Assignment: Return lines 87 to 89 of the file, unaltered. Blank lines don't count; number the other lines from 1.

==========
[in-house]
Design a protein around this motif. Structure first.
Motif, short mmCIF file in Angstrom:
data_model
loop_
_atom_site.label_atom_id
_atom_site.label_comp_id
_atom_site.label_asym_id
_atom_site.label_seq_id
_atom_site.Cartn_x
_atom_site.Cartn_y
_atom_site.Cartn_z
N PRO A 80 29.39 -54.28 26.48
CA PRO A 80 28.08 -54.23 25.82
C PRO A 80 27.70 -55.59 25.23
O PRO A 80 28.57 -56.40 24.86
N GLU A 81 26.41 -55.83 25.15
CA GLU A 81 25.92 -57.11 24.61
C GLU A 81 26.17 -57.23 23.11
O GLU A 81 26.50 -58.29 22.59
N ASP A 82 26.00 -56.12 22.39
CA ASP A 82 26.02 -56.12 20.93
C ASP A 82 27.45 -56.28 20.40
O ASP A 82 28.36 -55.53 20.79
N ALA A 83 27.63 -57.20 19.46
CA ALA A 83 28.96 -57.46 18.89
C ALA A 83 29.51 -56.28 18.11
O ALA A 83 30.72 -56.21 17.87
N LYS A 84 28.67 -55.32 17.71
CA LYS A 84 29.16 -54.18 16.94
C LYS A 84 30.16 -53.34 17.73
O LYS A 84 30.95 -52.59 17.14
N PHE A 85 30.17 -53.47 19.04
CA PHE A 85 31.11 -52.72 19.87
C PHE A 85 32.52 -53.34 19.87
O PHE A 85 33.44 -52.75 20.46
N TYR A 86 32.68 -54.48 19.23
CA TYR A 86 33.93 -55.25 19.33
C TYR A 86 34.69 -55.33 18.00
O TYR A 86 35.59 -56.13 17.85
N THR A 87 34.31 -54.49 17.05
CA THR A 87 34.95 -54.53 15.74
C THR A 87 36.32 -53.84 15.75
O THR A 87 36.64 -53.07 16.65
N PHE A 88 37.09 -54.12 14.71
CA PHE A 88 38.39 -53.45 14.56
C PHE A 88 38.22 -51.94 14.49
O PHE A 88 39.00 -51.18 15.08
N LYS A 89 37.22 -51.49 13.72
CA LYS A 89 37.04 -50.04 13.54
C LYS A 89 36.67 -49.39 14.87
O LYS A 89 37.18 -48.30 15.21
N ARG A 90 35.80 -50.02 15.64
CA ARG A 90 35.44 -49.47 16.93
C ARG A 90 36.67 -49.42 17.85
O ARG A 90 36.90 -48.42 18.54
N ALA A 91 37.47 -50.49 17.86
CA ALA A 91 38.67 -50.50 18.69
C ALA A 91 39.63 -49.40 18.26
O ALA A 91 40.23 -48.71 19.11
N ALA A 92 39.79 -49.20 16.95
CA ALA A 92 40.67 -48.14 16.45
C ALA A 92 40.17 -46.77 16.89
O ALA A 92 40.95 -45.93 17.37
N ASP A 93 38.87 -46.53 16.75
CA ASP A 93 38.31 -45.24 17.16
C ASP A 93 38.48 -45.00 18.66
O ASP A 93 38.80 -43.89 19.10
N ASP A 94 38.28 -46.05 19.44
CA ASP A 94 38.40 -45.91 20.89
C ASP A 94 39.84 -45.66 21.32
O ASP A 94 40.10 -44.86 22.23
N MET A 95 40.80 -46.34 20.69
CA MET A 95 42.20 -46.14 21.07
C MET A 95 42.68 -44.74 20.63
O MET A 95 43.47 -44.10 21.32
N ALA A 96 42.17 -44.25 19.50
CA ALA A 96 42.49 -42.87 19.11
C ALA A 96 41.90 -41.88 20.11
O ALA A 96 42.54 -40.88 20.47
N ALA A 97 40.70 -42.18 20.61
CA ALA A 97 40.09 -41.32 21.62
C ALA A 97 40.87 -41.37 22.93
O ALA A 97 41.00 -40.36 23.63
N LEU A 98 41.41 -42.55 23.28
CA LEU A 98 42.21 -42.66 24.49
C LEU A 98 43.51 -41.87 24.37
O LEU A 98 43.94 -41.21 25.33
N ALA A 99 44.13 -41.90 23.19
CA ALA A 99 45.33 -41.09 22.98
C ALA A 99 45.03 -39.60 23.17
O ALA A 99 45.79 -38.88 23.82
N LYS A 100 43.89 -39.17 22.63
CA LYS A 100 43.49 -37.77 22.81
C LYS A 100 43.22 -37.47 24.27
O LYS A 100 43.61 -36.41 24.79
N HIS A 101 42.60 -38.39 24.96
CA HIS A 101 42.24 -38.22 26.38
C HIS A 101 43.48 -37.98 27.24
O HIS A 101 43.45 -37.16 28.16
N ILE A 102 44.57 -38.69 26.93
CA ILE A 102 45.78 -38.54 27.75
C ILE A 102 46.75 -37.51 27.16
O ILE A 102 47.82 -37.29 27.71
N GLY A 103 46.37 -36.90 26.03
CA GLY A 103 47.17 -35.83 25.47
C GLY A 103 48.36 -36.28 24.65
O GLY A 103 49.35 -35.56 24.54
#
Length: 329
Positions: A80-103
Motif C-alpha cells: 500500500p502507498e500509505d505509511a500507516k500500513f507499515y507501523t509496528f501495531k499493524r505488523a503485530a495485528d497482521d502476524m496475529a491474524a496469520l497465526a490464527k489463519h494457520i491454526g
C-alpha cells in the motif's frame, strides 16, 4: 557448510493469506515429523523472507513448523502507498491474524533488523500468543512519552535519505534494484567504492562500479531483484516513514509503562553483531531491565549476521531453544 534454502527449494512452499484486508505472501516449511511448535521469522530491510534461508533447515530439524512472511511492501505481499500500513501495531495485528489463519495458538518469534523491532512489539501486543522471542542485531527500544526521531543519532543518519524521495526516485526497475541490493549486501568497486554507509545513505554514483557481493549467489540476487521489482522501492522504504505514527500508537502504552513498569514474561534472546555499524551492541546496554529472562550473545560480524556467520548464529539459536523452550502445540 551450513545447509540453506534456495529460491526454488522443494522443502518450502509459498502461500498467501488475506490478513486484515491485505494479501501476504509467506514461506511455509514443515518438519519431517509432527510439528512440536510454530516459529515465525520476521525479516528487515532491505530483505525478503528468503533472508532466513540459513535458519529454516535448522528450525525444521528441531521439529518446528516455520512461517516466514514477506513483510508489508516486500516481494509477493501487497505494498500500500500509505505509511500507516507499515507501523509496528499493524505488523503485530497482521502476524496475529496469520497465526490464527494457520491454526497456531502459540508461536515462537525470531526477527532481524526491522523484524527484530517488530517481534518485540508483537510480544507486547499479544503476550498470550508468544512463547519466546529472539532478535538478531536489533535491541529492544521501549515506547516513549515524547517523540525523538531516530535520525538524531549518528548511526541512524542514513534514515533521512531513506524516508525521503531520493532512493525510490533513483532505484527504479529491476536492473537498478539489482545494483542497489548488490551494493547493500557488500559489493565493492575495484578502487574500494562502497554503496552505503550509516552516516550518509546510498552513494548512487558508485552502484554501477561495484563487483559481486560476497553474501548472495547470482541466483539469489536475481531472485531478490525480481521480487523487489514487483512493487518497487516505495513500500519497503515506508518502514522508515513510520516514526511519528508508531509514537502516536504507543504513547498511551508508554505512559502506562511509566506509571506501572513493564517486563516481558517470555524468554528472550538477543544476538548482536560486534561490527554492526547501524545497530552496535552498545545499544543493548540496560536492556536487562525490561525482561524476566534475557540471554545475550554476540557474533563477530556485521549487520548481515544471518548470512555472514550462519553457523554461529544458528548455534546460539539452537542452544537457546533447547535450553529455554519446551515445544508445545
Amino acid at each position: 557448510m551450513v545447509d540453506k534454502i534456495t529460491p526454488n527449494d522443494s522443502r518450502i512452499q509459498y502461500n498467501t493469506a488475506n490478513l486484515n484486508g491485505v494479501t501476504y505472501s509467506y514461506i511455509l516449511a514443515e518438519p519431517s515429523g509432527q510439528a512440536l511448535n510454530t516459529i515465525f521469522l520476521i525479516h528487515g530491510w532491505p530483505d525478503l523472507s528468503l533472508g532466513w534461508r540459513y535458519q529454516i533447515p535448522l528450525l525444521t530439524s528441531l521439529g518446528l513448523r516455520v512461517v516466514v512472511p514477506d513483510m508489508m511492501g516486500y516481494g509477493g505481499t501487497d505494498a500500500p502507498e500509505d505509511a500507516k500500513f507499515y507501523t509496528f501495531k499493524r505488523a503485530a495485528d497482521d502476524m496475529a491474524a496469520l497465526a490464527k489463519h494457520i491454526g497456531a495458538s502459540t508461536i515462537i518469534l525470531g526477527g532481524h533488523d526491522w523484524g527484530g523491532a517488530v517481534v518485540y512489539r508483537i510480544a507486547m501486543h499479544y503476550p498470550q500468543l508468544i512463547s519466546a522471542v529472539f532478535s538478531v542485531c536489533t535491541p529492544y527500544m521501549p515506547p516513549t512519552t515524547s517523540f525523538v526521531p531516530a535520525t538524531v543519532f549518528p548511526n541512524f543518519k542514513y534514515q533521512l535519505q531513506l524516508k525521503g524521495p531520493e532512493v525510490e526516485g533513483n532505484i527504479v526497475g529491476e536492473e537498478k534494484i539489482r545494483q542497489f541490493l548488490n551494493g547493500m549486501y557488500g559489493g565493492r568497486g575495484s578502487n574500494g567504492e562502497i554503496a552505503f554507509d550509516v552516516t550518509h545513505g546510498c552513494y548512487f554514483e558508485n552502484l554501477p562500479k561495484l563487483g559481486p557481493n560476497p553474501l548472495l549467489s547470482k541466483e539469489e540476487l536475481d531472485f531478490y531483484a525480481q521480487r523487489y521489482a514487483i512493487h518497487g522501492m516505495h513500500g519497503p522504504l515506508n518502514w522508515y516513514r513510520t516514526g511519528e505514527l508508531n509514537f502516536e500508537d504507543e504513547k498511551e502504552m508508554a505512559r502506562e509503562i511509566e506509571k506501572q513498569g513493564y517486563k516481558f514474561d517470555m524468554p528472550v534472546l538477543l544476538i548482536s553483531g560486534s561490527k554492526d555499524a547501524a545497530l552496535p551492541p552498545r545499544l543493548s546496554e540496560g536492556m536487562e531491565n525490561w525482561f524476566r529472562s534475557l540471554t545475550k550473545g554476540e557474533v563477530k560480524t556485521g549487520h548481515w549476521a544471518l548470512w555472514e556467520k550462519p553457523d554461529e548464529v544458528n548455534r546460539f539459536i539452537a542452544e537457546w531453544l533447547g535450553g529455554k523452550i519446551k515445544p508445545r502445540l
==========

C LEU A 98 43.51 -41.87 24.37
O LEU A 98 43.94 -41.21 25.33
N ALA A 99 44.13 -41.90 23.19